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Firefighters make progress against California's largest wildfire of the year

Firefighters make progress against California's largest wildfire of the year
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California’s largest wildfire so far this year was significantly surrounded Monday after blackening a swath of hilly grasslands between San Francisco Bay and the Central Valley.

The Corral Fire was 75% contained after scorching more than 22 square miles during the weekend, the California Department of Forestry and Fire Protection said. One home was destroyed and two firefighters were injured.

The wind-driven fire erupted Saturday afternoon on land managed by the Lawrence Livermore National Laboratory, one of the country’s key centers for nuclear weapons science and technology. The cause was under investigation.

WILDFIRE WITH ‘ZERO CONTAINMENT’ CLOSES IN ON SMALL ARIZONA TOWN

Thousands of people in the area, including parts of the San Joaquin County city of Tracy, were ordered to leave for evacuation centers Saturday. Evacuation orders were lifted when improved weather allowed firefighters to make progress against the flames.

The wildfire presented no threat to any laboratory facilities or operations, Lawrence Livermore spokesperson Paul Rhien said in a statement to The Associated Press early Sunday.

California has had back-to-back wet years that ended drought but spawned vegetation growth. Cal Fire’s outlook for 2024 noted that increasing dryness from mid-May to June would potentially lead to more small fires and a chance of larger fires depending on wind. The Corral Fire is by far the largest of more than 1,200 wildfires so far this year.

California wildfire

A Santa Clara Cal Fire crew scrambles to extinguish a spot fire in the median of Interstate 580, during the Corral Fire west of Tracy, Calif., Saturday, June 1, 2024. (Kent Porter/The Press Democrat via AP)

The progress against the Corral Fire comes just ahead of a predicted major heat wave. The National Weather Service has issued warnings for “dangerously hot conditions” throughout the Central Valley from Tuesday through Thursday.

Though this fire is nearly contained, in general, fire burns hotter when the weather is hotter, said Jacob Bendix, professor emeritus in the geography and the environment department at Syracuse University. He added that high winds can carry embers across freeways. Drought contributes to dangerous fire seasons, but paradoxically, wetter years can too.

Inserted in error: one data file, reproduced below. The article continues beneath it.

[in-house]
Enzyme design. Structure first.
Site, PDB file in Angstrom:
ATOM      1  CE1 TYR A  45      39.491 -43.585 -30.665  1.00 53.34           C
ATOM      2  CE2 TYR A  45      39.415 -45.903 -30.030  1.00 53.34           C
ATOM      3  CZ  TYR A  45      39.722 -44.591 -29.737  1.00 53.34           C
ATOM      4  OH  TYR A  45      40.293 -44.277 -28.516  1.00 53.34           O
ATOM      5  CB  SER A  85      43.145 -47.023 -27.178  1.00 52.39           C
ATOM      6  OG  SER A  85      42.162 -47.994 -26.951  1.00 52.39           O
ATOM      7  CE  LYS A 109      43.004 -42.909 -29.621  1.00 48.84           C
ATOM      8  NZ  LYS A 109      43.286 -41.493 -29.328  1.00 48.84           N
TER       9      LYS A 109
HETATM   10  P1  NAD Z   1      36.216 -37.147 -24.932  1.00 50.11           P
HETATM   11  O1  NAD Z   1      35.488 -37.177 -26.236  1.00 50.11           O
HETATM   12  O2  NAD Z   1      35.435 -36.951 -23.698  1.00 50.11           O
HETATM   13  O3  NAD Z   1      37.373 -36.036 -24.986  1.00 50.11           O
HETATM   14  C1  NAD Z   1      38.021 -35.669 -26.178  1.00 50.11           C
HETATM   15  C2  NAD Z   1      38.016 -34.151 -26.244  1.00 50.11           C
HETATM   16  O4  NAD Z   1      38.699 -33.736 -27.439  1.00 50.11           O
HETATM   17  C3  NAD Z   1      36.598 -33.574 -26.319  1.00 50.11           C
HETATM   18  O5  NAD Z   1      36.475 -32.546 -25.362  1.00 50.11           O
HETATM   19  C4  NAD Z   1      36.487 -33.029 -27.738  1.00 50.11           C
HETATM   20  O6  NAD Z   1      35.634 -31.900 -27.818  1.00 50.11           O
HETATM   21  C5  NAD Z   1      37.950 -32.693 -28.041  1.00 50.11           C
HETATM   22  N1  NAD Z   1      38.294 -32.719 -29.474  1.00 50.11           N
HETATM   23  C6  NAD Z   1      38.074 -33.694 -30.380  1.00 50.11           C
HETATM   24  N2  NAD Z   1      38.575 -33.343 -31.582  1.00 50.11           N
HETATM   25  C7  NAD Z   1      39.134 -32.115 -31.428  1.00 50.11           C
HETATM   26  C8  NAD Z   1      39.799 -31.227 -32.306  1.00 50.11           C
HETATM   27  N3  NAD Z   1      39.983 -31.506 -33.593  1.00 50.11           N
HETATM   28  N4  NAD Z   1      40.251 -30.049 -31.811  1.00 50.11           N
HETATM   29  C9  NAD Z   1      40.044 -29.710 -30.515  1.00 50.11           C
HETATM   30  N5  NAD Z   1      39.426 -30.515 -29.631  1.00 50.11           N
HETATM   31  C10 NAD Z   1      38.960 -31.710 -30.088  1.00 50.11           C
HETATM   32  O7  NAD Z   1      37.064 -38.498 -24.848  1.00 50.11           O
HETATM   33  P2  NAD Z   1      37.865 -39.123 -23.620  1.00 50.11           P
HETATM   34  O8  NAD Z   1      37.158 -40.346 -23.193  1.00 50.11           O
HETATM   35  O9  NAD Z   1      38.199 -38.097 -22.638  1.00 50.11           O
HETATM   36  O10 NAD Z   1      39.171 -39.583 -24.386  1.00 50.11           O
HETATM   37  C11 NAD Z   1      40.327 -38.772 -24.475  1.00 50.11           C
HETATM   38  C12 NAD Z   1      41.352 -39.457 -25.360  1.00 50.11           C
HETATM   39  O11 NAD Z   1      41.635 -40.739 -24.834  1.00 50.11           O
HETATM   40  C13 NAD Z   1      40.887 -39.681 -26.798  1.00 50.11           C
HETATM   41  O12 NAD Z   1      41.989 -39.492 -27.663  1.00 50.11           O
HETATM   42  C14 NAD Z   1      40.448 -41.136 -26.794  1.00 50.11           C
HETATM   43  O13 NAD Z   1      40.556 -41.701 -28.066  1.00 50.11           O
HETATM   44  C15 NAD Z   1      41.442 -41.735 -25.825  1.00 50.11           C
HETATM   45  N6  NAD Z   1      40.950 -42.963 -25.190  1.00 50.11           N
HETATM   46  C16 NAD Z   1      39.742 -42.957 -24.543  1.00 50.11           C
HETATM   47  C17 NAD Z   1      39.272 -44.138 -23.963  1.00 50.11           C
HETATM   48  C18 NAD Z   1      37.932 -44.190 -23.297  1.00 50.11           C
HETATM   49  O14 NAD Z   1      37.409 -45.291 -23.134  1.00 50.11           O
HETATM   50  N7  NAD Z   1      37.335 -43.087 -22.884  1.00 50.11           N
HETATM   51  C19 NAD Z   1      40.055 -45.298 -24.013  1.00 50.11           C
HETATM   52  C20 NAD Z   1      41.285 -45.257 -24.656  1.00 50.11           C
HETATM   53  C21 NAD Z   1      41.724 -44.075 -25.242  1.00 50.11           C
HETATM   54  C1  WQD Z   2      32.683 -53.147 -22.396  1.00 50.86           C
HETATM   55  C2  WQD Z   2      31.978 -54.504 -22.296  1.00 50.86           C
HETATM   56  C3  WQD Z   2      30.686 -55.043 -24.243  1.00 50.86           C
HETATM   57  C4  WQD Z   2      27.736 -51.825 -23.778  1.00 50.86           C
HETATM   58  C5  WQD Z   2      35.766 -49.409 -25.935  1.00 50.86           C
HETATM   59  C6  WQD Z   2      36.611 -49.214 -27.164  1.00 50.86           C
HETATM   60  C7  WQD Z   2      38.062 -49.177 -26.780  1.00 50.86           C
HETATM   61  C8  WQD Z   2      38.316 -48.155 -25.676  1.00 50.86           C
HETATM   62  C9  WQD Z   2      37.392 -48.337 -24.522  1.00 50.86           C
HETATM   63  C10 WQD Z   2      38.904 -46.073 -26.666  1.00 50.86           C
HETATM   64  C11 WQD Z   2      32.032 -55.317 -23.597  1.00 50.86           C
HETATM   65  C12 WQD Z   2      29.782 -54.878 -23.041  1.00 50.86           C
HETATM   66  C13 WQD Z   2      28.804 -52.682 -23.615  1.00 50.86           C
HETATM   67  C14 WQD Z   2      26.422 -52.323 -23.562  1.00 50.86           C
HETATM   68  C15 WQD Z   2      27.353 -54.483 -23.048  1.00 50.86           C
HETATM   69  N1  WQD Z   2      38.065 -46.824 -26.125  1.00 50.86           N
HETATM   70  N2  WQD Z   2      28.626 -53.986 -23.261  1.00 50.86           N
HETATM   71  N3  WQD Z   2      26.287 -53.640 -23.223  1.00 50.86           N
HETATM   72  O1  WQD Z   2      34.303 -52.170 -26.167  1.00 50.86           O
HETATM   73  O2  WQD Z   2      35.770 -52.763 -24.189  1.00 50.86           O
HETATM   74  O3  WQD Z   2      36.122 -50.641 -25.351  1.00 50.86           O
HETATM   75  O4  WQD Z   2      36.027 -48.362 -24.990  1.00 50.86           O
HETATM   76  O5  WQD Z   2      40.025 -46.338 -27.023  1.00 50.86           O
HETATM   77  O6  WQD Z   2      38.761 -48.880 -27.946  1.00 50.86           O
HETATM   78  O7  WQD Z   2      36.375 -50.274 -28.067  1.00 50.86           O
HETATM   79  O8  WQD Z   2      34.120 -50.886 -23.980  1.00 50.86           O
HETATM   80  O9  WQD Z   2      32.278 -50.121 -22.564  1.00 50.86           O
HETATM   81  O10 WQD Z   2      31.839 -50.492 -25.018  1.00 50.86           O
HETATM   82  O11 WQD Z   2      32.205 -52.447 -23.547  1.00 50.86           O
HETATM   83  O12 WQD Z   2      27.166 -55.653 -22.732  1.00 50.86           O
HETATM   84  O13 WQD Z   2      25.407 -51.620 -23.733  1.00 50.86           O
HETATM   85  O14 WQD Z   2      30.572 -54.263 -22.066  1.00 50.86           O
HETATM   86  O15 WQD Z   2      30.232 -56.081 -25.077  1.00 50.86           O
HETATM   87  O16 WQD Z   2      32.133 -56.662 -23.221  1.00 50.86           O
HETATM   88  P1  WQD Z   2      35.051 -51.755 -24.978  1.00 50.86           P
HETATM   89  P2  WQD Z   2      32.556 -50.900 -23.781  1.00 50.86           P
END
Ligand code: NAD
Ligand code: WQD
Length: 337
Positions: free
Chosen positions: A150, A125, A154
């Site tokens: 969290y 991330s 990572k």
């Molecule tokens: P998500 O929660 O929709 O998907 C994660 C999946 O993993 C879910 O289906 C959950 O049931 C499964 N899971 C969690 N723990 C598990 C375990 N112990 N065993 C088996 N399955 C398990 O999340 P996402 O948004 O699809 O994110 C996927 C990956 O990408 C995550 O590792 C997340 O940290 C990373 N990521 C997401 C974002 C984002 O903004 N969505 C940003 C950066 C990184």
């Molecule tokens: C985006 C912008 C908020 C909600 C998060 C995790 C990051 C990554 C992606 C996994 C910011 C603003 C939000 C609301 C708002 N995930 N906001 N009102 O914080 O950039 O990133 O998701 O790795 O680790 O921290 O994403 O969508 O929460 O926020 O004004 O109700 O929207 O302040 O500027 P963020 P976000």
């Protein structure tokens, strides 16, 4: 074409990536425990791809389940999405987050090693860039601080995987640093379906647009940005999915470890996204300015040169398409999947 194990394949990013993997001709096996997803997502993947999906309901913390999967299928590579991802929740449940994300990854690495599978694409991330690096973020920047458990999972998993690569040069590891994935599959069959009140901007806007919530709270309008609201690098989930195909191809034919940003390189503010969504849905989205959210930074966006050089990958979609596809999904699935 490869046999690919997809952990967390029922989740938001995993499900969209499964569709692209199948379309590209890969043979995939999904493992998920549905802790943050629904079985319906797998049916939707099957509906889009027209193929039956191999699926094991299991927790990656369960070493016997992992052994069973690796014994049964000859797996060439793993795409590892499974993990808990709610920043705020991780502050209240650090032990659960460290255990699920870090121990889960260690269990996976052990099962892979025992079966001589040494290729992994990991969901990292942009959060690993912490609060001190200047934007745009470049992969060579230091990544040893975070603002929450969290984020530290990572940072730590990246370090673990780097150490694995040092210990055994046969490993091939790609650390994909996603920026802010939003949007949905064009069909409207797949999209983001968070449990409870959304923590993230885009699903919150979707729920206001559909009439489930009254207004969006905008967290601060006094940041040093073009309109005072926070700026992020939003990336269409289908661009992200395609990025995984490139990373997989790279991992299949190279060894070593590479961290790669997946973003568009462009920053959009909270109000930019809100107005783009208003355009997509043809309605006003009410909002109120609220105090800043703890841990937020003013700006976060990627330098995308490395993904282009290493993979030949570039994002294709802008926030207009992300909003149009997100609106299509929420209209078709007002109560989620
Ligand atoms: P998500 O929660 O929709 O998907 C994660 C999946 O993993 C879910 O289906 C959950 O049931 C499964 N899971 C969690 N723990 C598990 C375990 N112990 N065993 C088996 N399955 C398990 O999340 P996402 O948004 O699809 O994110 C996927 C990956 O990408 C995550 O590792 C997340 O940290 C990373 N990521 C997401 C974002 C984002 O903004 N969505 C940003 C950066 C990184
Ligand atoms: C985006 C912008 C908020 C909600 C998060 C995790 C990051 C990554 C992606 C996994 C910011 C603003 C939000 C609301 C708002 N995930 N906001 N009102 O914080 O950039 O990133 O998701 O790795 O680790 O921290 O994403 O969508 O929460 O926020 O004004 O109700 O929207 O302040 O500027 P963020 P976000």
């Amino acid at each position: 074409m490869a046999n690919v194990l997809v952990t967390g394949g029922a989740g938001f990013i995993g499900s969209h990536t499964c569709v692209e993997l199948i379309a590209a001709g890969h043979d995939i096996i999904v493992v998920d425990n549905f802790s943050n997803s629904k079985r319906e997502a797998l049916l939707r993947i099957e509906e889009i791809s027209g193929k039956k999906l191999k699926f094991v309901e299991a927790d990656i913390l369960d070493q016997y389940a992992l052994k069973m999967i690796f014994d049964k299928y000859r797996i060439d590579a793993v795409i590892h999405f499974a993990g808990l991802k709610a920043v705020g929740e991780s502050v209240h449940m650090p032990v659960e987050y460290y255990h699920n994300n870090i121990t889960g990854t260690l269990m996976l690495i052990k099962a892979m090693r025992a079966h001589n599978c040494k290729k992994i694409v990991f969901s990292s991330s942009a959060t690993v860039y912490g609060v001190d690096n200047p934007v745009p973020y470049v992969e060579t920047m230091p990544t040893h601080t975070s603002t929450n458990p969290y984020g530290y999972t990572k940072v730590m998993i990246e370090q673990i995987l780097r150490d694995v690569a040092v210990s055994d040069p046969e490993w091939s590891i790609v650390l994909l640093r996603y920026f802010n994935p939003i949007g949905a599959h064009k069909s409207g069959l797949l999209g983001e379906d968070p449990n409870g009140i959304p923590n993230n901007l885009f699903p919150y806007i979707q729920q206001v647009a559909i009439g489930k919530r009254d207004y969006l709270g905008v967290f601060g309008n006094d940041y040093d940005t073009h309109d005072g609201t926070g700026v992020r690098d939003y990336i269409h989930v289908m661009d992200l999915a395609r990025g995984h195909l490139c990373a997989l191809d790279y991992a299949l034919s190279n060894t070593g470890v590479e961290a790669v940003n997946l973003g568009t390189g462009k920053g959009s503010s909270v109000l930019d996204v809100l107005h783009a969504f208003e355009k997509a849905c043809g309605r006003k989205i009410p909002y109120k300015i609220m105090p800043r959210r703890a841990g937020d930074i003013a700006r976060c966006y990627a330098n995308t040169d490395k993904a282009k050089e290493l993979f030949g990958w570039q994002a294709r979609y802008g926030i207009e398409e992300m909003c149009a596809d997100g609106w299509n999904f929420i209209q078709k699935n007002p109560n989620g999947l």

“The flip side of that is that moisture allows for growth as well,” he said. In some places, a wet winter that causes vegetation to flourish can ultimately exacerbate the following fire season when all those plants dry out and become fuel.

That’s what happened in drought-stricken Osteen, Florida this weekend when a brush fire ran toward houses; multiple fire departments had to assist the forest service with the blaze, said Volusia County fire department’s battalion chief Scott Smoak. That fire is now 95% contained but warmer temperatures than usual for this time of year are a concern, he said, because they further dry out the fuels that built up during an unseasonably wet winter.

He encouraged locals to exercise extreme caution when burning anything and to avoid throwing cigarettes out windows or parking on grass. “The conditions we have, we’re trying to eliminate any potential for other fires to start,” he said.

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Elsewhere in the country, at higher elevations, there tend to be fewer fires when the snowpack melts gradually over the course of the summer, but with higher temperatures overall due to climate change, more of that snow tends to fall as rain and the snowpack that does build up melts earlier. That, too, has been an issue in past years, Bendix said.

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